What’s happening in your organisation?

Are you actively encouraging people to speak freely or are you unconsciously telling them that you don’t want to hear the feedback.

My best clients are those who are open to the feedback. They don’t always like it however they listen and then take action. I’m the same. I don’t necessarily enjoy receiving negative feedback, however I do appreciate it because it gives me the opportunity to improve and to fix things.

So you have permission to speak freely to me.

Are you up for the challenge? Will you give your team the same permission?

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I Wish I Hadn’t Said Anything  (WT533)

I Wish I Hadn’t Said Anything (WT533)


WT533 I Wished I Hadn't Said Anything

How many times have you said that to yourself?

“I wish I hadn’t said anything.”

The other night Ross was watching some teenage boys who kept looking around to see if anyone was watching.

You know the look people get on their face when they know they are doing something wrong and they don’t want anyone to see.

I watched for a few minutes too. They were doing their best to break a pipe on the side of a community building opposite from where we were staying.

Knowing the story of Kitty Genovese, who was murdered in 1961 in New York and not one person even rang the Police to get help, even though there were hundreds of people who heard her screams. And knowing the psychology breakthroughs that the investigation inspired which led to what is known as “The Bystander Effect”, where you are better off if you find yourself in trouble to only have one other person around. They will most likely help you, whereas if there a number of people around, they will most likely stand back, thinking that someone else will help (and of course, nobody does).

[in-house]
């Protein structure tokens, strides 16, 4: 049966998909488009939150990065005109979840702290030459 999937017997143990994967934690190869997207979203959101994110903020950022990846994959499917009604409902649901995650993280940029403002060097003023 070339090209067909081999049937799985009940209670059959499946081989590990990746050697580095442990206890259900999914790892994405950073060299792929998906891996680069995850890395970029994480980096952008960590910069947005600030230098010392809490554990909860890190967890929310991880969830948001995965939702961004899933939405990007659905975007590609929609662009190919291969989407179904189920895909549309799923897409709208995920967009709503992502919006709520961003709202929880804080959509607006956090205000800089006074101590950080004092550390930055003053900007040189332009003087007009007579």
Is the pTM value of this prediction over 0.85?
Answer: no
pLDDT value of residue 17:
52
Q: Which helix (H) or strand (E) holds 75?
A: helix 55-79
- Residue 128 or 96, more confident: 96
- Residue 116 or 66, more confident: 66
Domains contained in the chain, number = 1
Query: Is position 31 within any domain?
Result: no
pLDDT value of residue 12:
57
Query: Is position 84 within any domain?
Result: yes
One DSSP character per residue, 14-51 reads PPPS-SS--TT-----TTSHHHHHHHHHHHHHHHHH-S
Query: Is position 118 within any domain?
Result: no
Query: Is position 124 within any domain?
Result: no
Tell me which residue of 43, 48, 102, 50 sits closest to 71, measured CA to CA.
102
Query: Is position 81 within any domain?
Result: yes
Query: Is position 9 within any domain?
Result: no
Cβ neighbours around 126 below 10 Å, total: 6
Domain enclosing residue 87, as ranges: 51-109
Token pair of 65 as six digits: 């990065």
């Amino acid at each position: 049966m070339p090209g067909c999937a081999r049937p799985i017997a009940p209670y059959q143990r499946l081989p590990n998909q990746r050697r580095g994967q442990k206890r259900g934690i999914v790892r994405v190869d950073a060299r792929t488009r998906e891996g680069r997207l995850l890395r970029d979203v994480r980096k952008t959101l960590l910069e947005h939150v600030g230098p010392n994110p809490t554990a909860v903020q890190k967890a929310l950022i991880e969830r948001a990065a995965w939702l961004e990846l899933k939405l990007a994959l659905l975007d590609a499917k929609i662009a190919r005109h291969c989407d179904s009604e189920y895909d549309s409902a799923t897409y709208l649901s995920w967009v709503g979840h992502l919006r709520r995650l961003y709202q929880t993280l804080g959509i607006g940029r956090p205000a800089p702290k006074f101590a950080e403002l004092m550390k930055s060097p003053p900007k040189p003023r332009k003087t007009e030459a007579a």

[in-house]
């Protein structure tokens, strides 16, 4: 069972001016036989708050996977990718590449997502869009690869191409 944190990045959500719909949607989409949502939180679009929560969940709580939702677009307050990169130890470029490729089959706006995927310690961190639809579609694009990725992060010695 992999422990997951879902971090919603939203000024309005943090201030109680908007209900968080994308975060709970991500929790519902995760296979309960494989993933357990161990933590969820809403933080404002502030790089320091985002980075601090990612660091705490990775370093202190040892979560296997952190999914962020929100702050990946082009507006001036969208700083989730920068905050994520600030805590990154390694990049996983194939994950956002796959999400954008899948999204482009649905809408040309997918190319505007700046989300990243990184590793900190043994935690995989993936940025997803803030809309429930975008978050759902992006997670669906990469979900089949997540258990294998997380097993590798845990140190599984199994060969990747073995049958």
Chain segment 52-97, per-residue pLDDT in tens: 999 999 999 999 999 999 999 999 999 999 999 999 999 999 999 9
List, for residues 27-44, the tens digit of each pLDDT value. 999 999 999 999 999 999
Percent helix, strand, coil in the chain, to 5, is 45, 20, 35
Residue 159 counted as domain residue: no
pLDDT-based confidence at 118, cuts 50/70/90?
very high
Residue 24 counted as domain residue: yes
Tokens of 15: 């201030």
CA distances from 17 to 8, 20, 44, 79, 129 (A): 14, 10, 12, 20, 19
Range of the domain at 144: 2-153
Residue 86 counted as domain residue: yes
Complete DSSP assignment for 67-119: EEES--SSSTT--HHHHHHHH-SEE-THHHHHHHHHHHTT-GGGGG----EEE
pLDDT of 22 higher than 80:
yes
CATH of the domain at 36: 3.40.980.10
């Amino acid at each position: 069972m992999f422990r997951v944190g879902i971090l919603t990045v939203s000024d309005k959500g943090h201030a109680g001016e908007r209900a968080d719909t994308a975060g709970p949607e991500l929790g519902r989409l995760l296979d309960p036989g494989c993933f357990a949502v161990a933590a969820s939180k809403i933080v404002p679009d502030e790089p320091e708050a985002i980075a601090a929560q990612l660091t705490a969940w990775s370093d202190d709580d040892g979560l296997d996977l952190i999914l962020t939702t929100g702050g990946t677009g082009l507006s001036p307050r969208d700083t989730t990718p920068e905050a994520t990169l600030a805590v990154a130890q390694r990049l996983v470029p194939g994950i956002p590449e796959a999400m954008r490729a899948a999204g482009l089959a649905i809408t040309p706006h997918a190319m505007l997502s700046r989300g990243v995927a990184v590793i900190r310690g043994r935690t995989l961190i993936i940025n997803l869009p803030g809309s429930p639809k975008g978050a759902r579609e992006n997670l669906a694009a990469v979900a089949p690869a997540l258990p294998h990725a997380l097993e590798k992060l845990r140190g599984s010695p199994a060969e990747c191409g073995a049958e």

And knowing the story of Victor Frankl whose family and himself were captured and put into Nazi prison camps and his words “Evil prospers when good men stand by and say nothing”, of course I poked my head out of the van and asked them, “What are you doing?”

They ignored me.

I was about to get on a call so I couldn’t follow it up but Ross did. He walked over to them, asked them what they were doing and was threatened by the older one “What are you coming over here for and getting in my face, do you want a punch in the “bcfing” head?”

They argued for a while. The teenager told Ross “it was public property and therefore he could do anything he liked to it”. The teenager continued working on extracting the pipe. Ross threatened to call the Police at which stage they ran off.

Then the doubt set in. “I wished I hadn’t said anything. What if they come back and slash the tyres? What if they bring their big brothers back? What if…. What if …..?”

For the rest of the night, I was uneasy. I wished I hadn’t said anything. I wished I had handled it differently and yet on a deeper level I knew better than to see something and ignore it.

What would you have done?

The question for all of us is, “Do you do the right thing or do you stand by and do nothing and let evil prosper?”

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I’m Fine (WT530)

I’m Fine (WT530)


I'm fine

I was talking with a colleague this week and as we often do, we got into a deep and meaningful conversation about leadership.

We discussed the saying, “If you don’t want the answer, don’t ask the question” and the ramifications of not asking, or worse, asking and then accepting the answer, even if you don’t believe the answer.

As an example, (we’ll call him Ted), explained how his kids will sense that his energy is off or his demeanour is rather gruff and they’ll ask him, “Are you angry daddy?”. His response is usually “No, I’m not angry”, hoping they will leave it at that.